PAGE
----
As the N.C. House opens the fourth special session of of 2016, Democratic representatives are lodging a constitutional protest against the session.
Rep. Darren Jackson of Wake County lodged the protest, joined in by the rest of the House’s Democrats. His argument: The N.C. constitution states that when the House speaker receives the signatures necessary – 3/5 of the House and Senate – to call a special session, he shall call the session. All the signatures gathered were dated December 12 or 13. Moore did not call the session until Dec. 14.
Jackson also questioned the need for the session and said it was obvious that the session will be an attempt to rein in the powers of incoming governor, Democrat Roy Cooper, because he defeated Republican Gov. Pat McCrory.
“We all know what happens next. Changes are coming because you lost an election by 10,000 votes,” Jackson said. “This is why people don’t trust us. This is why they hate us. This is why politicians have a 10% approval rating.”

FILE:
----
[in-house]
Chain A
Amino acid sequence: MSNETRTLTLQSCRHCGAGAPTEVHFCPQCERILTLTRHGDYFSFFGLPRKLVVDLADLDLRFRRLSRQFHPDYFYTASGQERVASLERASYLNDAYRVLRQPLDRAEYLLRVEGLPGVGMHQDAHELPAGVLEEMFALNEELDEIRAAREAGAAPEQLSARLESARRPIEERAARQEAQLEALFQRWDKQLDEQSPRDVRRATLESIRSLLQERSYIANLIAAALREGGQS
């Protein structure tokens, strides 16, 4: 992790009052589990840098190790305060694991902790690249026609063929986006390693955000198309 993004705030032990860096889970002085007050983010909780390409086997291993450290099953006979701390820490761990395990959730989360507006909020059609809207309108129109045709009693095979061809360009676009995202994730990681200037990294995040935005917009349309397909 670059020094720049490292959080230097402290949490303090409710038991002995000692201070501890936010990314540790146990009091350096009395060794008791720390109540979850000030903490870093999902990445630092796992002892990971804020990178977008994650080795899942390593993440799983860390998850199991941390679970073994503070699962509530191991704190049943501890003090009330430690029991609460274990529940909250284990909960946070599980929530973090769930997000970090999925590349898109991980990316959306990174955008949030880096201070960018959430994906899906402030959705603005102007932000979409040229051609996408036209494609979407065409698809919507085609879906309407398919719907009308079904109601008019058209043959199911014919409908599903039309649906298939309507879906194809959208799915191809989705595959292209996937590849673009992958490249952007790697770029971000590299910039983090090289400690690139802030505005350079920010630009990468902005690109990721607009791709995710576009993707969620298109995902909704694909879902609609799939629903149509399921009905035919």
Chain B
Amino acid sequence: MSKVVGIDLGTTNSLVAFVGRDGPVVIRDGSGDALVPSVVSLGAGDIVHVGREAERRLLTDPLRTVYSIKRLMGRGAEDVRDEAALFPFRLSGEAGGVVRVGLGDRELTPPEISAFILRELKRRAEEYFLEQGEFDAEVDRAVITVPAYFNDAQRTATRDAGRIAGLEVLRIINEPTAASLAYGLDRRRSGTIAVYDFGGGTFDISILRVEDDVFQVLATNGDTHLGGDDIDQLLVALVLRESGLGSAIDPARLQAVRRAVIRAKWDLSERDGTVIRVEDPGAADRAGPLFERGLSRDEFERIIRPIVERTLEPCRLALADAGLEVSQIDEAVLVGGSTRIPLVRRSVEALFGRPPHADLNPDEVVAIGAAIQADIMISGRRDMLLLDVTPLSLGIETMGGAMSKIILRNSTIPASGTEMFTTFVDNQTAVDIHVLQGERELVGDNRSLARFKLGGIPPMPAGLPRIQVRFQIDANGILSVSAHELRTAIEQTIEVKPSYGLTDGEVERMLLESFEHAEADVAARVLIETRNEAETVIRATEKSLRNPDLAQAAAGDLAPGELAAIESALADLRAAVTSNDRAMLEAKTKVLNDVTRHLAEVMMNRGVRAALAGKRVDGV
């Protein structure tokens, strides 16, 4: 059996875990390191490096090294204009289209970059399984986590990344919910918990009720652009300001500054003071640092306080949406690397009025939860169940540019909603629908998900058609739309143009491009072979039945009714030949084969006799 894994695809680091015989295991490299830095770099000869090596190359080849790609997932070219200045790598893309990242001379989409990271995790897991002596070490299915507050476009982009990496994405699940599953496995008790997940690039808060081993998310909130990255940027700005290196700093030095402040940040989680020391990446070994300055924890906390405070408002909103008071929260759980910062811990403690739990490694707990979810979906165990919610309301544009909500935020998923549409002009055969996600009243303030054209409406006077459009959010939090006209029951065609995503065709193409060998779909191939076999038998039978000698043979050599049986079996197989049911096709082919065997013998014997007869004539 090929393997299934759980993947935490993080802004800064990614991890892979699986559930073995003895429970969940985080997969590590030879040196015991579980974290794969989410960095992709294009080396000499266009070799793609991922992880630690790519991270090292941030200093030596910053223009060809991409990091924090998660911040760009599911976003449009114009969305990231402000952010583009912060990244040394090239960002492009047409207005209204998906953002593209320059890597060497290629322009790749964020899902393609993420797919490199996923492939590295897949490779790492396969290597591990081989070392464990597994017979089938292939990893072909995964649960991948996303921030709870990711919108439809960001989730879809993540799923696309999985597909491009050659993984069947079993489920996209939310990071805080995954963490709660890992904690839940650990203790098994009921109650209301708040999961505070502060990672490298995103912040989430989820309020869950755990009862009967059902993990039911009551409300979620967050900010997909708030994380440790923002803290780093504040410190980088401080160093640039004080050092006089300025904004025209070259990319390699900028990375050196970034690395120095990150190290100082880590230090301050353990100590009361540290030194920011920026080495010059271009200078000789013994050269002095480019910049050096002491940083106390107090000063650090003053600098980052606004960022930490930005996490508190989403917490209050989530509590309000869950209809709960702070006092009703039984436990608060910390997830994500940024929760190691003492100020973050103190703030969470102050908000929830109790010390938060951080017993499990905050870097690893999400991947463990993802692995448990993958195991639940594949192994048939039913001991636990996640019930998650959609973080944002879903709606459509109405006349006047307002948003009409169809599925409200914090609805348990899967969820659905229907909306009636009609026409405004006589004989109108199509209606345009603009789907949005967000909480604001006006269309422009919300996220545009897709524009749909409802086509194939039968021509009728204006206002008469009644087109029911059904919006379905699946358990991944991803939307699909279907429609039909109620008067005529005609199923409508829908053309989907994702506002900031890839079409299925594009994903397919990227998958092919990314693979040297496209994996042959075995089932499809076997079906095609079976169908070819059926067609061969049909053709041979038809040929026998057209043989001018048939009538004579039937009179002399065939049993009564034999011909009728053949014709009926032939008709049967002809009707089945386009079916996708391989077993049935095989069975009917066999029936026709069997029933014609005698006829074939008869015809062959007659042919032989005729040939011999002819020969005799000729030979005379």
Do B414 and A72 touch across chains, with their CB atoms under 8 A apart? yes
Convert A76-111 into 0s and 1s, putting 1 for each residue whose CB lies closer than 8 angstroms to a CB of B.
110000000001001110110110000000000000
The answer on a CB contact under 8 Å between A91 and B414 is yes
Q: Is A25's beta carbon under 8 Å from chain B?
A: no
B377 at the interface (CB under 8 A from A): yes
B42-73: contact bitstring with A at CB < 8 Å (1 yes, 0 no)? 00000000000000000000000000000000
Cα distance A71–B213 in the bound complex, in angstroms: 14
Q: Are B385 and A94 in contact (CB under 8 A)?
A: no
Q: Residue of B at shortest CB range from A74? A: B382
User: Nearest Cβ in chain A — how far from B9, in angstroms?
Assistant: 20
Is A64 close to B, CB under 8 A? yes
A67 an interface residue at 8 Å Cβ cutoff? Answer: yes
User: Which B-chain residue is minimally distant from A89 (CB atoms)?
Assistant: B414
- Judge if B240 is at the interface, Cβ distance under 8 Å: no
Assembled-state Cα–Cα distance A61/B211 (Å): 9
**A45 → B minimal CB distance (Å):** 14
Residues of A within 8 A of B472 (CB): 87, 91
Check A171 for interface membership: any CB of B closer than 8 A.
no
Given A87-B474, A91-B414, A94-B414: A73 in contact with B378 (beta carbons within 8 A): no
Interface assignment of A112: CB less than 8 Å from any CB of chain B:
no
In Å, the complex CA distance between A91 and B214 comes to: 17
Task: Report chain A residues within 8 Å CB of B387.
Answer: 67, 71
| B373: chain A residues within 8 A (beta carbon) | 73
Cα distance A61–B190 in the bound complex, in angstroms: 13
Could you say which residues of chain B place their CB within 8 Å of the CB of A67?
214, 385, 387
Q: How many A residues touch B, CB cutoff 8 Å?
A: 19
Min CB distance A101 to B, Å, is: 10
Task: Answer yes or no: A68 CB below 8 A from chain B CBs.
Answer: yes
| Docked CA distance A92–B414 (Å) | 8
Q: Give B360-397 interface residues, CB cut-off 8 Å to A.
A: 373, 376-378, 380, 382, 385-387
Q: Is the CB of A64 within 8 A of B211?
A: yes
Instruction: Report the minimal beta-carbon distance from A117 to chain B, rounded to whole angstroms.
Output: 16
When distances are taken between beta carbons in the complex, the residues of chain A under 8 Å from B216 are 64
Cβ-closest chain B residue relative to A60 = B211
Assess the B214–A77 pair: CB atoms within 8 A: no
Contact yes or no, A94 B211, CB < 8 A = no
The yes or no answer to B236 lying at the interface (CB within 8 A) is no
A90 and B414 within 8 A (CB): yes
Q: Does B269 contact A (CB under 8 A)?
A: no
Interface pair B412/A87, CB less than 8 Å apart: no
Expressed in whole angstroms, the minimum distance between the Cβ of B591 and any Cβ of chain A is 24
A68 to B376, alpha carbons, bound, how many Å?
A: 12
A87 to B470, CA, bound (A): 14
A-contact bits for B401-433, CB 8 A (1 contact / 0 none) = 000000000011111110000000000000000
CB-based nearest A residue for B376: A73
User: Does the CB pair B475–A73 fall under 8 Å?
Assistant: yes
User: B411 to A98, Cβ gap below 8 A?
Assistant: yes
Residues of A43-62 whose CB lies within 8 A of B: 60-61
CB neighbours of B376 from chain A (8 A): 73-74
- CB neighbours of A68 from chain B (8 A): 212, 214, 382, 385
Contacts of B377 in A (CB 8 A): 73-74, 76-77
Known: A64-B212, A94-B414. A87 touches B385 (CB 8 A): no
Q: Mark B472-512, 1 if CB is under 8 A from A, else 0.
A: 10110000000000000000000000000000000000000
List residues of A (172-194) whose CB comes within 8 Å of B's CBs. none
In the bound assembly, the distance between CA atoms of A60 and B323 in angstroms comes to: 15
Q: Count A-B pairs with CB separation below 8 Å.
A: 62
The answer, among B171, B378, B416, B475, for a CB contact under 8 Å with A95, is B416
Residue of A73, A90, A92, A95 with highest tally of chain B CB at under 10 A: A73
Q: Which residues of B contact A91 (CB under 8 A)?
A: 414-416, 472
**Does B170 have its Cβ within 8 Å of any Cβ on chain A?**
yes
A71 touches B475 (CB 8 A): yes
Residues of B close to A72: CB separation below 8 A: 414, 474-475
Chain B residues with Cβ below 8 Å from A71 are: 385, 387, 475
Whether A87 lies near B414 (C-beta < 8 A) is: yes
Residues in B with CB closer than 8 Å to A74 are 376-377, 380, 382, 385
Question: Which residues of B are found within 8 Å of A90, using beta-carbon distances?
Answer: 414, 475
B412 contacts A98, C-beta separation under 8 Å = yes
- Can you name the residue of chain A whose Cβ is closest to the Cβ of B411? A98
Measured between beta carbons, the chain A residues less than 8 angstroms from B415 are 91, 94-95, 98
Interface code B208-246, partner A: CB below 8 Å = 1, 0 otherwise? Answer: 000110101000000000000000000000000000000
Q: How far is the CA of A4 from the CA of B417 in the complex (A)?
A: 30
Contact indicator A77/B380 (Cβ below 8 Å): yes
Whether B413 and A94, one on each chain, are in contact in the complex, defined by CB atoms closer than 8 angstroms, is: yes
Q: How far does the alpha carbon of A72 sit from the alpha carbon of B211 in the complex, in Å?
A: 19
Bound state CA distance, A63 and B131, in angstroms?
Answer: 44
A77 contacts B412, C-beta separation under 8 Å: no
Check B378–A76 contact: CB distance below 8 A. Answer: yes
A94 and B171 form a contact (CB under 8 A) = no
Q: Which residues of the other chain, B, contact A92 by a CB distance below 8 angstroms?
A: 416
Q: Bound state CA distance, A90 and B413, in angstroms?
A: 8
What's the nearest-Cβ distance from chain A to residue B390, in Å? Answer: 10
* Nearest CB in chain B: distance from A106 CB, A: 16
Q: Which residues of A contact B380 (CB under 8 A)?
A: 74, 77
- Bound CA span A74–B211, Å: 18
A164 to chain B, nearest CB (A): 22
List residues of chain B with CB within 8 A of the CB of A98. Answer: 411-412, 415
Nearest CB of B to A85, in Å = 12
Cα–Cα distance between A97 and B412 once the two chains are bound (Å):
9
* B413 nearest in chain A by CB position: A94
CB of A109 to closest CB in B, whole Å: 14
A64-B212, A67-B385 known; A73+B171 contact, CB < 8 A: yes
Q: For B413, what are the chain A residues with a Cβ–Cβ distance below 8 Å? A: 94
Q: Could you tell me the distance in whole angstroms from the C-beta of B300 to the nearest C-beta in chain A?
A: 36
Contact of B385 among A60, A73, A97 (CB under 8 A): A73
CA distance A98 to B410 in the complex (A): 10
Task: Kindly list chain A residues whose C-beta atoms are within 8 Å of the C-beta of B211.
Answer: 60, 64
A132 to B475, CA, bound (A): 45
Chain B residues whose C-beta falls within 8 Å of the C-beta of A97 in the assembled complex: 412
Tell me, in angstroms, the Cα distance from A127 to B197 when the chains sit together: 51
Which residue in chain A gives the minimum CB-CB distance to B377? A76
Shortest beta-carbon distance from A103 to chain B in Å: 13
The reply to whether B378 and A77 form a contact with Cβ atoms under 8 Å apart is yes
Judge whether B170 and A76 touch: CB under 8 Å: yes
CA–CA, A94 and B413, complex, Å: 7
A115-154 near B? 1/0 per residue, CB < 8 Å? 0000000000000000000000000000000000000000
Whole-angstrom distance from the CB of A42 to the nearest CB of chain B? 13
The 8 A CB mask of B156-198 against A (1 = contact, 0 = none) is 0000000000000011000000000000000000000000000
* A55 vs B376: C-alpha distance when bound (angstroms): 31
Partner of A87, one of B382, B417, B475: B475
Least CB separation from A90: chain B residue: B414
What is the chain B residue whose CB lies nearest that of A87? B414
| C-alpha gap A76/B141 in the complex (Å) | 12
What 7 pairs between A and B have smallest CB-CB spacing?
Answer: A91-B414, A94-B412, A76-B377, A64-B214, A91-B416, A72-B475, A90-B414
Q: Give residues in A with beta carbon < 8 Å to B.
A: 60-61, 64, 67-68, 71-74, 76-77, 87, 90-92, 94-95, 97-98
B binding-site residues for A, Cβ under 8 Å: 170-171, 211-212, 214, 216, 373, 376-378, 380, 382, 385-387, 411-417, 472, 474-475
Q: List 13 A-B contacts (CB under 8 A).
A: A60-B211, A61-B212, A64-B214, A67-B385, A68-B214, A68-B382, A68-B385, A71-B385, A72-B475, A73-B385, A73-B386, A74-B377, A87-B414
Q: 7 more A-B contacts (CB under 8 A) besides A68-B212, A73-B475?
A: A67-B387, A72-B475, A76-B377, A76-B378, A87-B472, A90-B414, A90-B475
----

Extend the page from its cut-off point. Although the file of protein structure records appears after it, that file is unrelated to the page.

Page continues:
Rep. Michael Speciale countered that the General Assembly can call itself into session any time 3/5 of both bodies wishes. When asked why they did it this time, he said because 3/5 wanted to.
Rep. Larry Hall (D-Durham), the minority leader, reiterated Jackson’s complaints.
“In these troubled times we seem to be continuing to go down the road to dissuade people so that they will not have confidence in us,” Halls aid.
“This ain’t right,” Hall said. “You can’t make it right. The people of North Carolina aren’t being treated right.”
The House adjourned shortly before 3 p.m. Wednesday to reconvene at 5 p.m.
The deadline for filing bills will be Wednesday at 7 p.m.